File No. 1:08-CV-410.

W.W. WILLIAMS MIDWEST, INC., Plaintiff, v. LIEN WAVER, her engines, tackle, and gear, Defendant.

United States District Court, W.D. Michigan, Southern Division.

November 13, 2009.



Plaintiff/Counter-Defendant W.W. Williams Midwest, Inc. ("Williams") filed this action against the Lien Waver, a vessel, seeking payment of the balance due on Defendant's account for labor and materials furnished to the Lien Waver for the repair of its engines. Defendant filed a Counter-Complaint alleging breach of contract and violation of the Michigan Consumer Protection Act, Mich. Comp. Laws §§ 445.903(e), (n), (s), and (bb).

This matter was tried to the Court on June 29-30, 2009. The Court makes the following findings of fact and conclusions of law in accordance with Fed. R. Civ. P. 52(a).


Williams is an Ohio corporation with an office and place of business in Kent County, Michigan. Williams's business includes the repair of marine diesel engines.

Defendant/Counter-Plaintiff Lien Waver (the "Vessel") is a 43 foot Viking recreational vessel purchased new in 1996 by the Fickle Miss Corporation, a Delaware corporation, for use by the Schwendener family. Michael Schwendener ("Schwendener") is the Vessel's managing agent.

The Schwendeners have owned several large recreational vessels over the years and they take great pride in the condition of their vessels. From the time the Schwendeners purchased the Lien Waver they had it serviced by Williams, first through Williams's Detroit area facility, and then through Williams's Grand Rapids and Frankfort facilities. The Schwendeners had a positive relationship with Williams prior to the repairs at issue in this case.

The Schwendeners generally use the Vessel from May 1 to November 1. The Vessel is stored during the winter months in a heated building at the Northport Bay Boat Yard ("NBBY"), in Northport, Michigan.

In the summer of 2004, Michael Schwendener developed concerns about the Vessel's engines based upon his understanding that the Vessel's 692 Detroit Diesel engines had a cooling design deficiency and defective top rings that tended to wear out prematurely. Schwendener knew of a similar vessel whose engines were rebuilt because the top rings were close to failure. Schwendener's concerns were also based upon his observation that the engines were emitting black smoke and using oil, and his observation that Vessel had experienced a slight loss of power and a drop in engine rpm.

In August of 2004 Schwendener contacted Williams to discuss repairs to the Vessel's engines. Don Winters, a mechanic employed by Williams at its Frankfort facility, examined the engines and confirmed that the top rings were failing. Winters and Schwendener discussed the option of removing the engines from the Vessel during repairs. Schwendener, in an exercise of caution, elected to have the engines removed.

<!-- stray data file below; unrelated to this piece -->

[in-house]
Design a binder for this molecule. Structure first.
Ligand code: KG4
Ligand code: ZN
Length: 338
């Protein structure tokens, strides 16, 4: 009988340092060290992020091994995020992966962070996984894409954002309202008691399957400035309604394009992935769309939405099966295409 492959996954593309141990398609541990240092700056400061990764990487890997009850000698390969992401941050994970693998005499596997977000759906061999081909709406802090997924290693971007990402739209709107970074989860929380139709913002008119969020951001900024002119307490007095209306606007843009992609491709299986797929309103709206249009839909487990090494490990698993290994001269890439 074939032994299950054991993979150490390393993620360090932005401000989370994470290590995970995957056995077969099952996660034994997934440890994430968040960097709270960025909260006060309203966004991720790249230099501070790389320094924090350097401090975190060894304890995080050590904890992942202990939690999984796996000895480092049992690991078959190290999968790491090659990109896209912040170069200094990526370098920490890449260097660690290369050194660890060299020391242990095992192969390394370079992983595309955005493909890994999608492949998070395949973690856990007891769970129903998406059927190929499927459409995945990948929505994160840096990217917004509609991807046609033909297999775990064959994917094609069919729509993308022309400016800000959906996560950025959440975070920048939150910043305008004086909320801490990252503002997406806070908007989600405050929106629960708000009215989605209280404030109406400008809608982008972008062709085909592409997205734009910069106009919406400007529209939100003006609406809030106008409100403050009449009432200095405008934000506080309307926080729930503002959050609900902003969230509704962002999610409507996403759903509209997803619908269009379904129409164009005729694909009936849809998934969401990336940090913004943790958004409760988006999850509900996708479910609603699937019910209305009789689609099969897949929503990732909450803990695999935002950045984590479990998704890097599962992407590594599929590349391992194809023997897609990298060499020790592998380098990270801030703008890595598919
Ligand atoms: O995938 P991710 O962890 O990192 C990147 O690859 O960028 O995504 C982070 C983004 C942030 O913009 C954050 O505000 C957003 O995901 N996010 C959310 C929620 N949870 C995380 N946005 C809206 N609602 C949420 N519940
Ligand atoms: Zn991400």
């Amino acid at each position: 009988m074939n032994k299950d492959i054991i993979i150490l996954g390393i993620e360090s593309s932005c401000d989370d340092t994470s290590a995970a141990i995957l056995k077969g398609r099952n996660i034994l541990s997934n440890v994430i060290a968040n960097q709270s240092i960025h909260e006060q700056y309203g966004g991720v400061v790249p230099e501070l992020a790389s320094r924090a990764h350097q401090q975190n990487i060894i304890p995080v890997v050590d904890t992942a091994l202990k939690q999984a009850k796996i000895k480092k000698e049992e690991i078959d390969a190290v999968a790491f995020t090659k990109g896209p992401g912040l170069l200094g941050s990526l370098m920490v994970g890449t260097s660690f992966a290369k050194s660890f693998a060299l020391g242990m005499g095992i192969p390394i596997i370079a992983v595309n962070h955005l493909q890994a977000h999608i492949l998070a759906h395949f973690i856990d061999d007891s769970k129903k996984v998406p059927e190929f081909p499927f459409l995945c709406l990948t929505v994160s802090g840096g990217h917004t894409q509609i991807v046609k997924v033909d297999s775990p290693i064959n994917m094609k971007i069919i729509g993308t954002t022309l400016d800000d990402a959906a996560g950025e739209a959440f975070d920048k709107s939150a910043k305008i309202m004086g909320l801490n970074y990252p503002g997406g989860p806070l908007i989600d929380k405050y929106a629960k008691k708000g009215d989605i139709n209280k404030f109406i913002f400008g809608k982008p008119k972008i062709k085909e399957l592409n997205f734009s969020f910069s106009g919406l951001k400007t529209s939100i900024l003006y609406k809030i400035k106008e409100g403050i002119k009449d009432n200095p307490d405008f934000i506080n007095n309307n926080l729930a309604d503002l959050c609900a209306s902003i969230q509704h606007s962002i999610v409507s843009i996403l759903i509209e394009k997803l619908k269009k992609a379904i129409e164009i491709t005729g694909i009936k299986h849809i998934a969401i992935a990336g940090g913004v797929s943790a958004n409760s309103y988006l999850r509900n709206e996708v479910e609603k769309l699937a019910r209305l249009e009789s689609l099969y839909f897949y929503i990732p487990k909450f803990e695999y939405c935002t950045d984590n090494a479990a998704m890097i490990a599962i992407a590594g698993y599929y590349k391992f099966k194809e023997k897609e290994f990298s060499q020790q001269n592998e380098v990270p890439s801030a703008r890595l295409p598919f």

On August 24, 2004, Williams submitted a quote in the amount of $32,768.24 for partial rebuilding of the engines. (Ex. 1.) Schwendener contracted separately with NBBY to cut the hard top off the Vessel and to hoist the engines out of the Vessel for $13,000. Schwendener's agreement with NBBY did not include disconnecting or reconnecting the engine. Accordingly, Williams amended its quote to include an additional $6,048.00 to remove and install the engines. The total price for the amended quote was $38,816.24. (Ex. 3.) The amended quote included the following comments:

This quote is for rebuilding both port and starboard engines on the Lein [sic] Waver. This includes teardown, clean up and repair as follows: This includes rebuilding of Heads, repairing injectors as needed. Replacement of cylinder kits, remove and reseal blower to block. Coolant update. This will be completed at our Frankfort facility. The engine will be painted before delivery to site. This does not include replacement of turbo chargers . . . . Due to company policy, I will require 1/2 payment down and remaining balance due upon completion of work.

(Ex. 3.) Schwendener added the following language to the quote: "1) All parts to be retained. 2) Work to be completed by Sept. 13th." (Ex. 4.) Schwendener signed the quote on August 31, 2004, and made a $10,000.00 down payment.

Winters contacted Schwendener soon after the quote was signed to advise that he would not be able to complete the repairs by September 13. Schwendener had wanted the work done by that date so that he could take a boat trip with his father to the North Channel before the weather turned. However, he was not too concerned about the delay because it was more important to him to have the work done properly.

Winters performed the majority of the work of rebuilding the engines, with assistance from Dale Hendershot, a mechanic from Williams's Grand Rapids facility. However, work on the cylinder heads and injectors was contracted out to AIS Engine Corporation in Grand Rapids.

Winters has over forty years of experience in repairing diesel engines. Follow ing his work as an engine man for the Navy, he worked for Peninsular Diesel (n/k/a Detroit Diesel), Luedtke Engineering, and Williams. Winters has attended more than a dozen diesel training classes during his career. Three quarters of Winters' work at Luedtke Engineering consisted of marine work involving tug boats and construction equipment with underwater engines. Half of Winters' work for Williams since the early 1990s consisted of marine engine work.

Winters began painting the engine with paint he received from NBBY. When he saw that the paint did not match, he obtained Schwendener's paint specifications and ordered the special two part paint from Kaskinen Auto Supply.